4) Ownership – one potential disadvantages of having a plan written for you are that you will not “own” the business plan and be totally familiar with it. So, ensure that you are fully involved in the process and that there is time scheduled for you to review and discuss the financial forecast and written plan with whoever is writing the plan for you.

5) Funding – Have plans that they have created secured funding? Whilst funding depends on a wide variety of factors and not just the quality of the business plan (state of the market, availability of capital, product, service, proposition, management team etc.) any specialist service should be able to quote a few examples where their plans have helped to secure funds.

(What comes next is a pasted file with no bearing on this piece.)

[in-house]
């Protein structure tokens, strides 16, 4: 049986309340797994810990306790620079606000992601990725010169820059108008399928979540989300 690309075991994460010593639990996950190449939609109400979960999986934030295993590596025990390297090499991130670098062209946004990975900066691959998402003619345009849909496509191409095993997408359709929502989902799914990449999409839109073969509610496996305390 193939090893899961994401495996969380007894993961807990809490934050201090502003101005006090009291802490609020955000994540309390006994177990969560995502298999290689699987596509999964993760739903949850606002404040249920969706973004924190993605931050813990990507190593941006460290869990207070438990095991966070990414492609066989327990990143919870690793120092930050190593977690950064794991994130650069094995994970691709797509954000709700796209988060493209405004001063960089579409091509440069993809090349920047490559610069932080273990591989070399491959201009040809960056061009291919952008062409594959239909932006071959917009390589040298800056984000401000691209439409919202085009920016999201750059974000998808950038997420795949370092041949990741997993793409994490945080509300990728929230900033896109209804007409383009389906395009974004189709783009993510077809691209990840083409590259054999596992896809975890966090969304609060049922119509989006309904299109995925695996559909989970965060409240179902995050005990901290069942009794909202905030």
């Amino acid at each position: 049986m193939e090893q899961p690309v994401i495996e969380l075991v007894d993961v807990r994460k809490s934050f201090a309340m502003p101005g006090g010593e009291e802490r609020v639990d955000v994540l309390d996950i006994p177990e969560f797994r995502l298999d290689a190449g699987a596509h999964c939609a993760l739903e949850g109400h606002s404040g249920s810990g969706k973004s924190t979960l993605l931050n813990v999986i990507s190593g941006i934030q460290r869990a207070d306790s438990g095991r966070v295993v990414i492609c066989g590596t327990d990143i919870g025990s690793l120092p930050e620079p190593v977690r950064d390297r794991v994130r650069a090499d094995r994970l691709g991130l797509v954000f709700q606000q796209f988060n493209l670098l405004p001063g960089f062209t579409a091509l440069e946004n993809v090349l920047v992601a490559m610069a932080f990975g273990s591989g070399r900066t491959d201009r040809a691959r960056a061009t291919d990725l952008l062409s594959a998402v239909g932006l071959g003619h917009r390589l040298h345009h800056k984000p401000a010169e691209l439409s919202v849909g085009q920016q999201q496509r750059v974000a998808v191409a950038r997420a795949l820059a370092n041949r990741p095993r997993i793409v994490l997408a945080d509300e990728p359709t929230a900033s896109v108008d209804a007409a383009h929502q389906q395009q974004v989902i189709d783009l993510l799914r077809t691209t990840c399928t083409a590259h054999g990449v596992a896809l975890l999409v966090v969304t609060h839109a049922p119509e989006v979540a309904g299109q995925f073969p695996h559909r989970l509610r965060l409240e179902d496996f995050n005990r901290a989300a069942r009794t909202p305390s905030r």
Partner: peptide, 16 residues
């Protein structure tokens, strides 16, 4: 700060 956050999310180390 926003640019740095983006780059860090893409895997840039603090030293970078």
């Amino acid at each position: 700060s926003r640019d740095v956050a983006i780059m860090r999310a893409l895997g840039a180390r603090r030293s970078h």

For most people who do not possess experience of writing business plans you may improve your chances of securing funding by engaging a specialist writing service to help you create a plan. However, make sure you are fully involved in the process – you need to own the plan at the end of the day and know it inside out and backwards – your future is in your hands not theirs!